Monday , October 25 2021

Resistant to antibiotics. 40 million euros for research – France



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Minister of Higher Education and Research, Frederick Vidal.
Minister of Higher Education and Research, Frederick Vidal. (AFP photo)

The fight against resistance to antibiotics will receive 40 million euros of investment, announced Wednesday, the Minister of Higher Education and Research, Frédérique Vidal, at an inter-ministerial symposium on antibiotic resistance.

This program will be coordinated by Inser. It involves "understanding the mechanisms of appearance and dissemination of resistance and discovering new therapeutic goals."

Meanwhile, the Ministry of Health launches a logo to warn about the overuse of antibiotics, making France the sixth European country most affected by antibiotic resistance with 125 000 infections and 5 500 deaths, after Italy, Greece, Romania, Portugal and Cyprus.

A study published earlier this month in Lancet Infectious Diseases estimates that 33,000 people died of antibiotic-resistant bacteria in 2015 in the European Union.


Heavy medical expenses

These resistant bacteria not only put their lives at risk but also weigh on health systems: they can cause annual expenditures of up to $ 3.5 billion in 2050 in each OECD country, according to a report released on November 7. , More than influenza, AIDS and tuberculosis.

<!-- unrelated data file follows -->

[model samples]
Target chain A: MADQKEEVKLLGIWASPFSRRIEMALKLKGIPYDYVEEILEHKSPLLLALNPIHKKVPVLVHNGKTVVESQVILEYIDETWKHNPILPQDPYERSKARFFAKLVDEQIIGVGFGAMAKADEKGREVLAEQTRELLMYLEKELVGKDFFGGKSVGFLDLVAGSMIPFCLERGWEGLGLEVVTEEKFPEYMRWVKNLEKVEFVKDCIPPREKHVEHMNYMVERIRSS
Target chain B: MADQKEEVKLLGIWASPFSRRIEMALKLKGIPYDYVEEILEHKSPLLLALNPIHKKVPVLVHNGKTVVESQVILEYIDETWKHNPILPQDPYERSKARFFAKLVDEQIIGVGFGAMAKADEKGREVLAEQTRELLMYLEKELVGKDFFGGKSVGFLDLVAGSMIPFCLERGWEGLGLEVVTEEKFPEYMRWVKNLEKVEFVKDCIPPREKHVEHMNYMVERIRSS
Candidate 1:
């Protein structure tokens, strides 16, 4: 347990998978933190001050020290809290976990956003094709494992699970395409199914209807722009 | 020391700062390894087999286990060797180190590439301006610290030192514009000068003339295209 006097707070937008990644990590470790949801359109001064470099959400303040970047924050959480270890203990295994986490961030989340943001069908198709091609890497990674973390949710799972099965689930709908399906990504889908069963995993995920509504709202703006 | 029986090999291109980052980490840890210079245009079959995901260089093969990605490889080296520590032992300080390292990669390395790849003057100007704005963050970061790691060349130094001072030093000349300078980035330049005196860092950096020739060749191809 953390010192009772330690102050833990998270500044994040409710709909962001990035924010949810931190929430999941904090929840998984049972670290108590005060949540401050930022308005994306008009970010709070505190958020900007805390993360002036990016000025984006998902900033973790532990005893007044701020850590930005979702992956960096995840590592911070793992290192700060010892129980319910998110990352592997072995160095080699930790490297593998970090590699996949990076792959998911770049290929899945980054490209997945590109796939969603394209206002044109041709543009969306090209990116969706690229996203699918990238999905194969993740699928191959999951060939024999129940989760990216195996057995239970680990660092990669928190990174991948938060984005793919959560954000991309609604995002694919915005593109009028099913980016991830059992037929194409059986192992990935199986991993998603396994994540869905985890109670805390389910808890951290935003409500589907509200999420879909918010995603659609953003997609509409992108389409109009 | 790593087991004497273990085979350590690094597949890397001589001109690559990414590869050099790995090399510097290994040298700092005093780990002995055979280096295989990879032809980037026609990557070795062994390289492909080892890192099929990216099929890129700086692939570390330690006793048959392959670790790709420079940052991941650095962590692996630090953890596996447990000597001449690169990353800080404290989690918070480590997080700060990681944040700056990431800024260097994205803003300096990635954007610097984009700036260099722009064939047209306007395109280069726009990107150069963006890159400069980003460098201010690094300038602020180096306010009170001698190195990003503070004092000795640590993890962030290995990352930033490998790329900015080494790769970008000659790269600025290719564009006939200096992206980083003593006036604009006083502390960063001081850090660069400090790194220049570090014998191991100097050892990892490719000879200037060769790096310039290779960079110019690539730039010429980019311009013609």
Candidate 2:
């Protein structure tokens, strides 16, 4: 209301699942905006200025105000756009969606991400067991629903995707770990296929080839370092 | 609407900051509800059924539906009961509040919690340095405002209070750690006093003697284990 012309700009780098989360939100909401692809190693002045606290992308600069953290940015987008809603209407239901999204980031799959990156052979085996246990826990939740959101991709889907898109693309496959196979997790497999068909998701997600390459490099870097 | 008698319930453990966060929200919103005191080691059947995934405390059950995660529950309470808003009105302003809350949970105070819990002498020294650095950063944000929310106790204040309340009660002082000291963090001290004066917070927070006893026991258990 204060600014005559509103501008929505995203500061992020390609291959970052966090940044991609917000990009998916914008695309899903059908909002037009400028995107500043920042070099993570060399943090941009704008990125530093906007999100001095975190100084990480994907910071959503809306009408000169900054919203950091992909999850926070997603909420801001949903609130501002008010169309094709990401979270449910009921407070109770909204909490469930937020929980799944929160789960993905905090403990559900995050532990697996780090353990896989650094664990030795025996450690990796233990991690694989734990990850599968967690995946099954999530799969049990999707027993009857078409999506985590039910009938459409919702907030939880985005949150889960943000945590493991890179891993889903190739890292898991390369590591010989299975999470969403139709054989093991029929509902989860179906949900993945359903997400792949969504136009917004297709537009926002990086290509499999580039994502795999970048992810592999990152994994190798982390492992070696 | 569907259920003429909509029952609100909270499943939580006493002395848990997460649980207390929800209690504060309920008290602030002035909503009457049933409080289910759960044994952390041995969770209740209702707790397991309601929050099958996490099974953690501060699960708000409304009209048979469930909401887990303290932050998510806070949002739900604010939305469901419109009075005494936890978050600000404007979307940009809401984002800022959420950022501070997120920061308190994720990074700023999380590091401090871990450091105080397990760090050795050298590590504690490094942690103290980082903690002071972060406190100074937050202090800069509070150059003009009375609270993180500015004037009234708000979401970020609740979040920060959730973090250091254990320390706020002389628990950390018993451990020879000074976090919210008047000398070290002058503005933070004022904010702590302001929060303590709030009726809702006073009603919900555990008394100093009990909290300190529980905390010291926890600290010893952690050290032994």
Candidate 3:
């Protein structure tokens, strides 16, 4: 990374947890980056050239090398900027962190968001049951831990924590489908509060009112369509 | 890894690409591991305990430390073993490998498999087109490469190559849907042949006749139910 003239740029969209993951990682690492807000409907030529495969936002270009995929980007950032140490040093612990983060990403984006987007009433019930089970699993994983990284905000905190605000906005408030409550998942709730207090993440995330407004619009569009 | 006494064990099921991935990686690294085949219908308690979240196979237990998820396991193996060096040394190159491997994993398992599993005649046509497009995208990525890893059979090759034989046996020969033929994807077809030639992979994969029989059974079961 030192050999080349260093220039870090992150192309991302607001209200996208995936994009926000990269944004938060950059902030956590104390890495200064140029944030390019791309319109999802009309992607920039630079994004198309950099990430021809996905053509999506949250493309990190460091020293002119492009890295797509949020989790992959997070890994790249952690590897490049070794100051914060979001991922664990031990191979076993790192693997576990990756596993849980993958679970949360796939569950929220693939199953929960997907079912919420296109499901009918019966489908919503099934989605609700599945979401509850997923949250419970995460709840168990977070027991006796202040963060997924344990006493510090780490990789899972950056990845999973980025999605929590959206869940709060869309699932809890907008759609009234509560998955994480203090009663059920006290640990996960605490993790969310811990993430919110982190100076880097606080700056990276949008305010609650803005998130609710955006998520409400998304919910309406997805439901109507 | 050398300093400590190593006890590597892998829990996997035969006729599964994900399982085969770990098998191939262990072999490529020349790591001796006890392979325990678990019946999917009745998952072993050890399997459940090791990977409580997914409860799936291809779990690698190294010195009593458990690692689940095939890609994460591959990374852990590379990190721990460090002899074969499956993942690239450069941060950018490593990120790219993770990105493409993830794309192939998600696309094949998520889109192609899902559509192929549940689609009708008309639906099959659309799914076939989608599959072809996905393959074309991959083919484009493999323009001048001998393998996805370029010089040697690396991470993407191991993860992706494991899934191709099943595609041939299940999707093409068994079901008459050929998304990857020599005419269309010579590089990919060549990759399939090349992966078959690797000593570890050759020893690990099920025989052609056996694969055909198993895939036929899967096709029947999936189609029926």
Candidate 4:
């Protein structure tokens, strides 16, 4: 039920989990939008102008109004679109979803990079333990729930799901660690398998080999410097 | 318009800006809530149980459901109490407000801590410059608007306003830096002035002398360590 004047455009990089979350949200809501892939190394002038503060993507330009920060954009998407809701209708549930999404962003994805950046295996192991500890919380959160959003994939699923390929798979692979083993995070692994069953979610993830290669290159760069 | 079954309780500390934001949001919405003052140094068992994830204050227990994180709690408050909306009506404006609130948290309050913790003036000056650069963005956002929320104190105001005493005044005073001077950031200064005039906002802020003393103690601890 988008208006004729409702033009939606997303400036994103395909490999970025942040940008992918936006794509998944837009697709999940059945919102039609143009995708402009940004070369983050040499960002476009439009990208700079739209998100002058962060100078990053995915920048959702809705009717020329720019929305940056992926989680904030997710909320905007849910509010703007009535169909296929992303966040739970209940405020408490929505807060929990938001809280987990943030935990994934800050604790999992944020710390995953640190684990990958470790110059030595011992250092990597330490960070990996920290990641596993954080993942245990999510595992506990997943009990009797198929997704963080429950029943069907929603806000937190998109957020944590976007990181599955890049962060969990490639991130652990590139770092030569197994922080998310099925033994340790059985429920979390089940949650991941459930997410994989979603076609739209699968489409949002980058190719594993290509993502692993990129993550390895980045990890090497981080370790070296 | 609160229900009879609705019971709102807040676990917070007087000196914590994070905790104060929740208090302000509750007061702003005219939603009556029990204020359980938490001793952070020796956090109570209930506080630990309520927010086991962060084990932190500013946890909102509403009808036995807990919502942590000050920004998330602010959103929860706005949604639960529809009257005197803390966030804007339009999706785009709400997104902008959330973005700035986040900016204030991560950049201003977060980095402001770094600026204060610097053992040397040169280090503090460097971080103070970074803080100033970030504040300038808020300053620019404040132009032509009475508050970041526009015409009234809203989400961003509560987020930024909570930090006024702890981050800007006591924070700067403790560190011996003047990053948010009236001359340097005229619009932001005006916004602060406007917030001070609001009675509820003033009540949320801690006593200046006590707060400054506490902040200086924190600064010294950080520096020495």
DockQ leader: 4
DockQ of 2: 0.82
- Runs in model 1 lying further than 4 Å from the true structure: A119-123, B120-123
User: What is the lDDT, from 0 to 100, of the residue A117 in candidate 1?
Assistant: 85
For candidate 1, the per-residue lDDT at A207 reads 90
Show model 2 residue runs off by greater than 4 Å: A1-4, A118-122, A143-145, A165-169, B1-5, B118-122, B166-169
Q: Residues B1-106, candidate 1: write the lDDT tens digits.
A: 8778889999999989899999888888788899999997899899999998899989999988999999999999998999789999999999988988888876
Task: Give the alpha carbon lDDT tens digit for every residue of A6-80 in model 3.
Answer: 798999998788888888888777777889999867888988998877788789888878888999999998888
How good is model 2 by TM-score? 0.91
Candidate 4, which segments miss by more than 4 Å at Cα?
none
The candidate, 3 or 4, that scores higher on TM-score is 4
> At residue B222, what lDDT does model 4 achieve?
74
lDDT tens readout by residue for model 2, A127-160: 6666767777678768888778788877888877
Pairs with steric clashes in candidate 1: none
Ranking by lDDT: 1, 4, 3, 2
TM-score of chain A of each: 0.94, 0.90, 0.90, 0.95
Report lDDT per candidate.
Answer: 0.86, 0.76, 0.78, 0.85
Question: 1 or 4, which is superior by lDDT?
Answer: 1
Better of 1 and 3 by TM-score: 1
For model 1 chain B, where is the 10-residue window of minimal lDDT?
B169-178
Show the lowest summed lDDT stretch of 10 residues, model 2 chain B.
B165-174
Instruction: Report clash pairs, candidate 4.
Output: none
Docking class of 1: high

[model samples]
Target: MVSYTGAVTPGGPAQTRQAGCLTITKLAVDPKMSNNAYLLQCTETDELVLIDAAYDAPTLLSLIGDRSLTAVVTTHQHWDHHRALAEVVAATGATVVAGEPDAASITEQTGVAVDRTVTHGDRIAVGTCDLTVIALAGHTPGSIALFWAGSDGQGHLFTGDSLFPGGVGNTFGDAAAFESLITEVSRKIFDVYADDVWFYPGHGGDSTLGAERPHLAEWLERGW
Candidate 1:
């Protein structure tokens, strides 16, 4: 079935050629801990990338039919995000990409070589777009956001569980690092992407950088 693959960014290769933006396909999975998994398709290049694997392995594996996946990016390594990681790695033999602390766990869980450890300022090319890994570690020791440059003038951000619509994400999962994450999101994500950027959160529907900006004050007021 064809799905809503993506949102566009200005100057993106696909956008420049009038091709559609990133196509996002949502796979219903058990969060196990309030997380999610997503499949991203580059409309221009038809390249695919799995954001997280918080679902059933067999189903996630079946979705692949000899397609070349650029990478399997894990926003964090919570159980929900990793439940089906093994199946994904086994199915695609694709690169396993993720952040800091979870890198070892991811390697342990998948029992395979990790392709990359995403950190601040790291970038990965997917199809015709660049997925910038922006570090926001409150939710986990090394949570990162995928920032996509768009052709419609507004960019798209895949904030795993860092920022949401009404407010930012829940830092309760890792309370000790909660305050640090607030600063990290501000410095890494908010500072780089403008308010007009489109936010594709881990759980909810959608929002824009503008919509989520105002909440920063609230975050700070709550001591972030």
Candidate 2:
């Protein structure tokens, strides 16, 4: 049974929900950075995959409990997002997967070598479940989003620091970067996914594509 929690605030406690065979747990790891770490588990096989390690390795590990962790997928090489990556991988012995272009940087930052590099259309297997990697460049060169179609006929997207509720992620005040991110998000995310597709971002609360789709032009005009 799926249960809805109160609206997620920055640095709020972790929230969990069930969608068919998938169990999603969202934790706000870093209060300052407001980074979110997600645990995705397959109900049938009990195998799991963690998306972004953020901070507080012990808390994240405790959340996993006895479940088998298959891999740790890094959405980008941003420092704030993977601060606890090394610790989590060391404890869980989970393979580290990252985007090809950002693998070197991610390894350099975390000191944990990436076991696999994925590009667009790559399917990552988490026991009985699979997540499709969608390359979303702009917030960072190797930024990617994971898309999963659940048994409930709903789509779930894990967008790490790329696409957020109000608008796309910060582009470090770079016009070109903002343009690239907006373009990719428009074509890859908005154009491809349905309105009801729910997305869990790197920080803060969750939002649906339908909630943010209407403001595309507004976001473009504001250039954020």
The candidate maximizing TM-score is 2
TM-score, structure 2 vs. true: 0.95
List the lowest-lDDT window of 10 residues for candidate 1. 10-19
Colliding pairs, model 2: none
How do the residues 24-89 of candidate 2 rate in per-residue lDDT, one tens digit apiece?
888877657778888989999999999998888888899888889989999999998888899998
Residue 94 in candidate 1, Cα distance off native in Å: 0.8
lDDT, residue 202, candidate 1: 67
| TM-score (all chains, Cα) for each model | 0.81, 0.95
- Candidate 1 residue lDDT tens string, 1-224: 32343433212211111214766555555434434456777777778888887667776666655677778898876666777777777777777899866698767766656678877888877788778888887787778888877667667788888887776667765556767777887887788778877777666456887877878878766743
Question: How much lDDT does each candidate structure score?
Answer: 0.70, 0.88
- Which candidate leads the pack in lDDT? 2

In France, the first major campaign against the overuse of antibiotics dates from 2002 with the slogan "antibiotics is not automatic". The country aims to reduce the consumption of antibiotics by 25% by 2020.

For ten years, total consumption of antibiotics in municipal medicine increased from 28.6 doses per 1,000 inhabitants in 2007 to 29.2 doses / 1,000 in 2017. 93% of antibiotics are used in municipal medicine and 7% in health facilities (when consumption is stable).

On the other hand, in the area of ​​animal health, much progress has been made. The link between human and animal health consumption also reversed: in 2017 it sold 759 tons of antibiotics in human health compared to 499 tons in animal health. Between 2007 and 2017, global animal exposure to antibiotics dropped by 48%, according to the annual summary released Wednesday by Public Health France.

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